This is the third article in a series about hiring a music therapist in long-term care. For an introduction to the series and links to other posts, please click here.
Most of the clients we see in long-term care are in music therapy groups. By our definition, these groups are smaller – usually no more than 12 people – and they are built around a variety of experiences that are meant to engage the group members in music, with group and individual goals guiding the group process. Some music therapy groups in long-term care may be designed with a focus on physical rehabilitation/exercise or deeper psychological processing, but for the majority of my groups, the focus is on residents sharing their lives with one another through music. That means our primary group goals are often social interaction, creative emotional expression, and life review.
Advantages of music therapy groups
Perhaps the most obvious advantage, music therapy groups can involve more residents at a lesser expense. Although some people truly need one-on-one intervention, many people can be successful – and perhaps even more fully engaged – in a music therapy group. This may be true even if they are not successful in other group activities.
Emphasis on social interaction
Music really is something that we experience in community, so music therapy groups are perfect for encouraging interaction and relationship-building among residents and staff. This is probably different than with performers who come to entertain the residents with a musical performance, since listening to a performance is often a more passive experience.
Group process encourages life review
Even as the communal experience of music-making leads to social interaction in general, the music experiences and verbal discussions can be structured to encourage life review. As residents share their memories, others’ memories can also be triggered, which can draw residents into sharing who might not do so in a 1:1 setting.
Variety of experiences
The music therapy groups that we facilitate integrate many different kinds of music and a variety of music experiences, such as singing, movement to music, and playing instruments. This variety means that we can meet the needs, strengths, and interests of many different people in the same session.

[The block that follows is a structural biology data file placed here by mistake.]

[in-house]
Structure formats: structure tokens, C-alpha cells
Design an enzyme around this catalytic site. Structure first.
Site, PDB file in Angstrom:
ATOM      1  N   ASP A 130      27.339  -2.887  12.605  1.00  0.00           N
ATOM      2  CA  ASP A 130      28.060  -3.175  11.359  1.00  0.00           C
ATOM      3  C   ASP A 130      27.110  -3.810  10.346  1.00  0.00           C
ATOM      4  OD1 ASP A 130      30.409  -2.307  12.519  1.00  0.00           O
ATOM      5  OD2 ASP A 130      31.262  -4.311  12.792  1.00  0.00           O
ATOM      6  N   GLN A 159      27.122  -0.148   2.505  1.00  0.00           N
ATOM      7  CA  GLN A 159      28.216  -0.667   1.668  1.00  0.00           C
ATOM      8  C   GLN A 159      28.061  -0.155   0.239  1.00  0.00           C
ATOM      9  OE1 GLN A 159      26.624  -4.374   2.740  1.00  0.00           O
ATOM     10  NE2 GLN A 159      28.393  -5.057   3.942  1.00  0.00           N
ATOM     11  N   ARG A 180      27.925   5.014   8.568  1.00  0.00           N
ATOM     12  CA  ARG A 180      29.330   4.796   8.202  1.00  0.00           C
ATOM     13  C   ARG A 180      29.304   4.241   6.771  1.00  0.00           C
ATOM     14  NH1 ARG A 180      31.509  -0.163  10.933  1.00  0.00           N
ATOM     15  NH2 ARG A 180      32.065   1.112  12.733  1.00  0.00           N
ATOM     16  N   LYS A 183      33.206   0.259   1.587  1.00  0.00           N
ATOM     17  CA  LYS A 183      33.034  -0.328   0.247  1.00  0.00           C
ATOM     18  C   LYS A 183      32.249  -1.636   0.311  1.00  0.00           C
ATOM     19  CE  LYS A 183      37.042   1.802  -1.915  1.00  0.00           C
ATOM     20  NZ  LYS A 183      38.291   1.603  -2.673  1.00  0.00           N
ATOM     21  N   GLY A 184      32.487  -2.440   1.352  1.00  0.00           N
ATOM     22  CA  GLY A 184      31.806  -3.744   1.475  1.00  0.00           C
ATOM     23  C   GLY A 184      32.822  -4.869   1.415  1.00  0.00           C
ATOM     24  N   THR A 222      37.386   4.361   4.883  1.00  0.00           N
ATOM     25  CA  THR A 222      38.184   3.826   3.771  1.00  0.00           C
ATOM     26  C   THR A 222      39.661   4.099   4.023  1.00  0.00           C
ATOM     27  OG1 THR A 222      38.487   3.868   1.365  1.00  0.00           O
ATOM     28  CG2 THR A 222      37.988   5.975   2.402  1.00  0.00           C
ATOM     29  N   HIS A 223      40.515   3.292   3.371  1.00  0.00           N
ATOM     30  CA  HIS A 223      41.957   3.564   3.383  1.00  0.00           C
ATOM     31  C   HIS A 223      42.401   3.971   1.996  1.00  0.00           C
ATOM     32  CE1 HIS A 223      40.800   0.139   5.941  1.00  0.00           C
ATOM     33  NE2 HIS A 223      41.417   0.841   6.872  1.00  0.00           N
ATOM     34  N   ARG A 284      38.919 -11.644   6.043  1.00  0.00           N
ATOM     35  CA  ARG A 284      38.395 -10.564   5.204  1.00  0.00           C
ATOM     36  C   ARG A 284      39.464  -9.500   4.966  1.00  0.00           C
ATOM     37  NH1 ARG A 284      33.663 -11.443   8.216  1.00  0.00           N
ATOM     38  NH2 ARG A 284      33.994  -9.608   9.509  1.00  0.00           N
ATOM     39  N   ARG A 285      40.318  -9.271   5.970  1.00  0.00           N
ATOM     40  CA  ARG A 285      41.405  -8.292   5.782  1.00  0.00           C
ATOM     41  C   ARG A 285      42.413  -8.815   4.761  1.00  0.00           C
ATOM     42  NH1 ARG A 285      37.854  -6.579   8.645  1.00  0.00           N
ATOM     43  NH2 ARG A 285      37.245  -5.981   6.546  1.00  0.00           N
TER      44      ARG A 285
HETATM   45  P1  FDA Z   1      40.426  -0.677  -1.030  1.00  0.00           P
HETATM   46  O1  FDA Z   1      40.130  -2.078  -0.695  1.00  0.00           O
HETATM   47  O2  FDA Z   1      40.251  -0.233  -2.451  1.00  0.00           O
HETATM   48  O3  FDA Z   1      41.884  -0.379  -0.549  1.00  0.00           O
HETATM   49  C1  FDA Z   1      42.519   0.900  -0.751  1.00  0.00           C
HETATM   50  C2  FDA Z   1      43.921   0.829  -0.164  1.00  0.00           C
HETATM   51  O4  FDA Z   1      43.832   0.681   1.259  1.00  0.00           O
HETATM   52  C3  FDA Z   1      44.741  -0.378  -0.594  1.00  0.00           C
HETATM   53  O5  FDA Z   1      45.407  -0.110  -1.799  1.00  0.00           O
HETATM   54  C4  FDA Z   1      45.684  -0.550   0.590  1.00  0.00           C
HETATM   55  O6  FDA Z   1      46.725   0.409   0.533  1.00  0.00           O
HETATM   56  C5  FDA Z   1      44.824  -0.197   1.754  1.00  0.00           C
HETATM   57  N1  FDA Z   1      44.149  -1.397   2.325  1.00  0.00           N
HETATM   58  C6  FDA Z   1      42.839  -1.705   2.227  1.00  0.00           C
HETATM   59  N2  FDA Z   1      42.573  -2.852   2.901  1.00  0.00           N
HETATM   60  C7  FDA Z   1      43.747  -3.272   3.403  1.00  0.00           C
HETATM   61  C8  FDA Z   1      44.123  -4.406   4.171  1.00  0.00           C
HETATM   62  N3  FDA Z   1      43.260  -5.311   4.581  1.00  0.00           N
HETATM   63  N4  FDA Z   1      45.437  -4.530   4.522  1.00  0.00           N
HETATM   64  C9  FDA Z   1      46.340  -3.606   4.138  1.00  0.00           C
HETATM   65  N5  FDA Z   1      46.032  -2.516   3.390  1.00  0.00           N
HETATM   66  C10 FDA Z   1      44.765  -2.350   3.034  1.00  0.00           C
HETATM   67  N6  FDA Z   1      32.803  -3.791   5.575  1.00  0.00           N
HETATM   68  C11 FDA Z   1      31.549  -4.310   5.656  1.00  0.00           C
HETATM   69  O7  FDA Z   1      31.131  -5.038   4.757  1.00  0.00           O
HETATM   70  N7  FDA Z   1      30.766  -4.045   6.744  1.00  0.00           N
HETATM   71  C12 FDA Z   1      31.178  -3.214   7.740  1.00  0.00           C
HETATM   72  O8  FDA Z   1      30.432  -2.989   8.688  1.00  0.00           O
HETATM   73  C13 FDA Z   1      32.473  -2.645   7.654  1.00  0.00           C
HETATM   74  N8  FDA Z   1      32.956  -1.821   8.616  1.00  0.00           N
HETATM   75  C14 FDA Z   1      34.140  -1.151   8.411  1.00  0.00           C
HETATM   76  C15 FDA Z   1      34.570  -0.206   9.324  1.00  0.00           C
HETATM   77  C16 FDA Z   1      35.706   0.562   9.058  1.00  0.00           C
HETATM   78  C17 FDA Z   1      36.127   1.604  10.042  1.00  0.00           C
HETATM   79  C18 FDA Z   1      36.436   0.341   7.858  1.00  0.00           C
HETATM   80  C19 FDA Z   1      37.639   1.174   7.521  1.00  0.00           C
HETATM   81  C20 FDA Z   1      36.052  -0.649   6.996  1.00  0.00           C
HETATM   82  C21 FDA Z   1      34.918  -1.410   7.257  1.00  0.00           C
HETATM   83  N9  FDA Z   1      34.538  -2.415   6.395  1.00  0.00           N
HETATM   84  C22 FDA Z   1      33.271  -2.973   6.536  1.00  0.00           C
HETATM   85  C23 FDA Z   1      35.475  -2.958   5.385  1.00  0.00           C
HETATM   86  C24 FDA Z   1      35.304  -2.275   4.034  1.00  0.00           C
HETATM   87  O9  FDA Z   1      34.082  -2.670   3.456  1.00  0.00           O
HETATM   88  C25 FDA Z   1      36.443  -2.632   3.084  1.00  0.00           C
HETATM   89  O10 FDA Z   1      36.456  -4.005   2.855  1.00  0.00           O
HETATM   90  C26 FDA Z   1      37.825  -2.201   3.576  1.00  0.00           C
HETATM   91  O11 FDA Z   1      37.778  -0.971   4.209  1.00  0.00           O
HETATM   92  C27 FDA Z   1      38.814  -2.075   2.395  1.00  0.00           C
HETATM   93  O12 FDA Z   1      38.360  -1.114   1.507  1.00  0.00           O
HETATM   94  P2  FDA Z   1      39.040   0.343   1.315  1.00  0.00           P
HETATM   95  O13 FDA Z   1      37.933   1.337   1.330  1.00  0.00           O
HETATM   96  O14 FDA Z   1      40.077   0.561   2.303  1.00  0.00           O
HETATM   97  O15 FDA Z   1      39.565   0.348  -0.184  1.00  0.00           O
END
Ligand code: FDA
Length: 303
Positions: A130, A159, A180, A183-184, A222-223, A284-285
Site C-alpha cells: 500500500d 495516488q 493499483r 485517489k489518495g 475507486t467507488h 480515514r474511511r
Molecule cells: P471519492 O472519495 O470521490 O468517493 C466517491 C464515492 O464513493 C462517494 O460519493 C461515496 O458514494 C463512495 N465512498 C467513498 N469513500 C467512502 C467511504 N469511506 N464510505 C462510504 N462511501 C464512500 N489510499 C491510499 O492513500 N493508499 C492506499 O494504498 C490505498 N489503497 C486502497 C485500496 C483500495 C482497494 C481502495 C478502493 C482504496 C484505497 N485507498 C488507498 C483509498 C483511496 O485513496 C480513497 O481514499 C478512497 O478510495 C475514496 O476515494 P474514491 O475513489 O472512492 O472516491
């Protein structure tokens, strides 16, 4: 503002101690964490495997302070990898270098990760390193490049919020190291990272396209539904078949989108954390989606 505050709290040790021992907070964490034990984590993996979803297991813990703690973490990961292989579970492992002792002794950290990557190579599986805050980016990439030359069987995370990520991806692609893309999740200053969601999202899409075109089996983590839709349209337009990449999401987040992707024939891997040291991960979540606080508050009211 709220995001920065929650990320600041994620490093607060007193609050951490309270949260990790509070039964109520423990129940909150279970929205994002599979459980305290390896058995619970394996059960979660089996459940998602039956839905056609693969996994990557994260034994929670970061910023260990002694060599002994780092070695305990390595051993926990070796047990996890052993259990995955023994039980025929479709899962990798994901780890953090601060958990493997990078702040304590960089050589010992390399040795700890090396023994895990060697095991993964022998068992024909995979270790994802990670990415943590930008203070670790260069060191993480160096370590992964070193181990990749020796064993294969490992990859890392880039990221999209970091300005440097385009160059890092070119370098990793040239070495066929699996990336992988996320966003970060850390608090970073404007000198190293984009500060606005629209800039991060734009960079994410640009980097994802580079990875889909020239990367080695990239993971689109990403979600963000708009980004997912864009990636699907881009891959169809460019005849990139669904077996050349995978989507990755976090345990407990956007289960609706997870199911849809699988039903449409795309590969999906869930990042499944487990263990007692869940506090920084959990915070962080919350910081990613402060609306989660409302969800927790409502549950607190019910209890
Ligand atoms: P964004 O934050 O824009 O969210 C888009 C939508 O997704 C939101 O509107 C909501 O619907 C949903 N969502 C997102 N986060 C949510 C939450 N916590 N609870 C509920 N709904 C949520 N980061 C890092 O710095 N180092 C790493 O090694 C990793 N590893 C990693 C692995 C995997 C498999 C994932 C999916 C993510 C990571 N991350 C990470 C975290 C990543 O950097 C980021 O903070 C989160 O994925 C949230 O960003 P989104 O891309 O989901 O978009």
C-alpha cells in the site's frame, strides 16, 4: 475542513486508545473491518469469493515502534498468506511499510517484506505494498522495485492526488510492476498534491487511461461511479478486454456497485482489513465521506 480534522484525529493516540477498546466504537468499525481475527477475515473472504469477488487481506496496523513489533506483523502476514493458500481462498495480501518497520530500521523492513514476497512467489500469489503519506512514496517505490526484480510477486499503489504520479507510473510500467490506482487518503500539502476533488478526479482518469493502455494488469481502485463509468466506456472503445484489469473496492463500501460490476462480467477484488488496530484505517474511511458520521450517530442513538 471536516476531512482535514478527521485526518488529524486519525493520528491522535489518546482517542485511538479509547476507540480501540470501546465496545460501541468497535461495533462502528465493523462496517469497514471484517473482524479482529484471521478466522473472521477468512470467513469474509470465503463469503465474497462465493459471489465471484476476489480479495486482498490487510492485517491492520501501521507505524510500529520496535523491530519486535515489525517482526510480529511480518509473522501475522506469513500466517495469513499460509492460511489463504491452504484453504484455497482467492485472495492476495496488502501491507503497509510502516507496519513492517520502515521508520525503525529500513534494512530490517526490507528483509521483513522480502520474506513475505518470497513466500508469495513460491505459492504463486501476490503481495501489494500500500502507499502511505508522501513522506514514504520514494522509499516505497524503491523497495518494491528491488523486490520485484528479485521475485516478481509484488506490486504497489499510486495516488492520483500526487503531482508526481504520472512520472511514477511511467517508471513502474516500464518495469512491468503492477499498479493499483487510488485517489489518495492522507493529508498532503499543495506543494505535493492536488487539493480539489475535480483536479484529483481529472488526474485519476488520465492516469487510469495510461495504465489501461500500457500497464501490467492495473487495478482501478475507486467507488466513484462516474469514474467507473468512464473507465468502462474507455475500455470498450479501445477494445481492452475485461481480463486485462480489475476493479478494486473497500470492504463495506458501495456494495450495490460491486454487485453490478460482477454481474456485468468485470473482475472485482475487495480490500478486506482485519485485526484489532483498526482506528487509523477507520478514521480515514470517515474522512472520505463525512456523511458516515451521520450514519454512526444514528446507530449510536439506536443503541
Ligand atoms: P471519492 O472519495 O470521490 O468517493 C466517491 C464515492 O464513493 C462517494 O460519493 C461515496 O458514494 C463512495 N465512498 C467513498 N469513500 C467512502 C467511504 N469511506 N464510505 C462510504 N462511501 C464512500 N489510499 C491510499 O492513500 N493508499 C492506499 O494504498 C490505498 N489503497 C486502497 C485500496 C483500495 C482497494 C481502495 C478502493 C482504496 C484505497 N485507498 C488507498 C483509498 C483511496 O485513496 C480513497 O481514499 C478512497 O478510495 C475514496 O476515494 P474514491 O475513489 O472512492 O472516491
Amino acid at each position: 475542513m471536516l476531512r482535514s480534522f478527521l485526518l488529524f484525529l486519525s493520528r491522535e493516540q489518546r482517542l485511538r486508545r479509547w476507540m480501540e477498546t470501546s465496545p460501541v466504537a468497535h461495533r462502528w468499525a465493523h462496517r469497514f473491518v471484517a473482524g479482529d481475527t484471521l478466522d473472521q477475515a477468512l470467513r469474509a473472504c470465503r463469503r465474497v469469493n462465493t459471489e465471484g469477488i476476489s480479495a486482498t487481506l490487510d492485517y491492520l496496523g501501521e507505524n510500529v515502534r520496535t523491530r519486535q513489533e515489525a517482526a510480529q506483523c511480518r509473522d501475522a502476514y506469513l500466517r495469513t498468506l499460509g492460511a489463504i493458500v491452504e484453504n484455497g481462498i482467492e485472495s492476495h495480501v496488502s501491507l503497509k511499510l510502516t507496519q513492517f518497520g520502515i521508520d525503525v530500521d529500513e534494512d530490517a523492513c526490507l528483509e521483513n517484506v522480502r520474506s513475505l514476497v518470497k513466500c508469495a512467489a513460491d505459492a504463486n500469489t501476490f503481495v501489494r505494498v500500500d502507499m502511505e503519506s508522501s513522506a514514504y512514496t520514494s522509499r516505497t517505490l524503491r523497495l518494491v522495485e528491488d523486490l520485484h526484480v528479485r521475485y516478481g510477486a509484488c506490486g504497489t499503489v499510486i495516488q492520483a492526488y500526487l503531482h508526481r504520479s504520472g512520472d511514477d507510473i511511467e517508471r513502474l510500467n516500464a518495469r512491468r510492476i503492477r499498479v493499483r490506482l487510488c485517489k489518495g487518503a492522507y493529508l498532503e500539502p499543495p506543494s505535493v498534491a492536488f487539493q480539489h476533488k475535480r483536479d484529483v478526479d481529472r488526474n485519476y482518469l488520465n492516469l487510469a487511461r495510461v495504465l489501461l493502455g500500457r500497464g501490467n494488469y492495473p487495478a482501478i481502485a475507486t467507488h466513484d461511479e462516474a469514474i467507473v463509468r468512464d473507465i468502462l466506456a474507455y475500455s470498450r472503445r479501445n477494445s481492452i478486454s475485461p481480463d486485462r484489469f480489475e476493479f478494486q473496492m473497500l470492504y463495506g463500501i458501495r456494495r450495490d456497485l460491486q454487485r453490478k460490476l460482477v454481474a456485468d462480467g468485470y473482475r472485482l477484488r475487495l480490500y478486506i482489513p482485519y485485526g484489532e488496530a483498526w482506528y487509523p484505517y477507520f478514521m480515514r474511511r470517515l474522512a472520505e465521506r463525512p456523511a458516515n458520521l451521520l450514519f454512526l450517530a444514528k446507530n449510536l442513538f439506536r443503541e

In contrast to music groups focused on a particular activity (e.g. sing-alongs) or a particular outcome (e.g. handbell choir), our primary focus in music therapy groups is to respond to residents in the moment, with both verbal and musical interactions. If that changes the course of the experiences we had planned, that is perfectly fine.
Adaptation as the group evolves
In addition to flexibility in the moment of music-making, we are also flexible to adapt the flow of music-making experiences as the group changes over time. As residents enter and exit the music therapy group, we may shift to more singing, or more drumming, or more movement experiences. We may bring a focus to the music of different cultures or genres or time periods to suit the members of a group at a particular time. This process of adaptation is completely centered on the needs of the residents rather than any idea of what should be accomplished during a particular group session.
What group music therapy is not
Primarily focused on entertainment
While music therapy is often entertaining (and probably should be in this setting), the goal is not merely to keep the residents busy and happy.
Again, there are exceptions, but most of the groups we facilitate do not focus on deep issues or require a lot of hard work on the part of the resident. Sometimes we even discourage labeling a group “music therapy” on a calendar or when inviting residents to attend, because the label of “therapy” just might be too intimidating for what these groups involve.
In music therapy groups, we are not preparing for a performance, not expecting clients to reach a particular standard. While I do believe that the aesthetic value of the music made by clients is an indication of the health of the group process (that is, we want to help clients move from random banging on drums to a steadier rhythmic pulse), we are not trying to get residents ready to perform on a stage. (Performance-based groups do have a role in long-term care – that will be addressed in the next post in this series.)
Music therapy groups are also not focused on one musical activity (e.g. sing-along, chair dancing, rhythm band). Since these groups are resident-centered, integrating a variety of experiences in each session allows me as the music therapist to adapt the experiences in the session to meet the residents’ needs on a given day.
Of course, other music therapists will have their own way of structuring group music therapy to meet the needs of the residents and agencies they serve, but these ideas do apply to all of the group music therapy sessions we provide. How do the music therapy groups in your facility or practice compare?
In the meantime, stay tuned for the next post in this series on specialized music-making groups!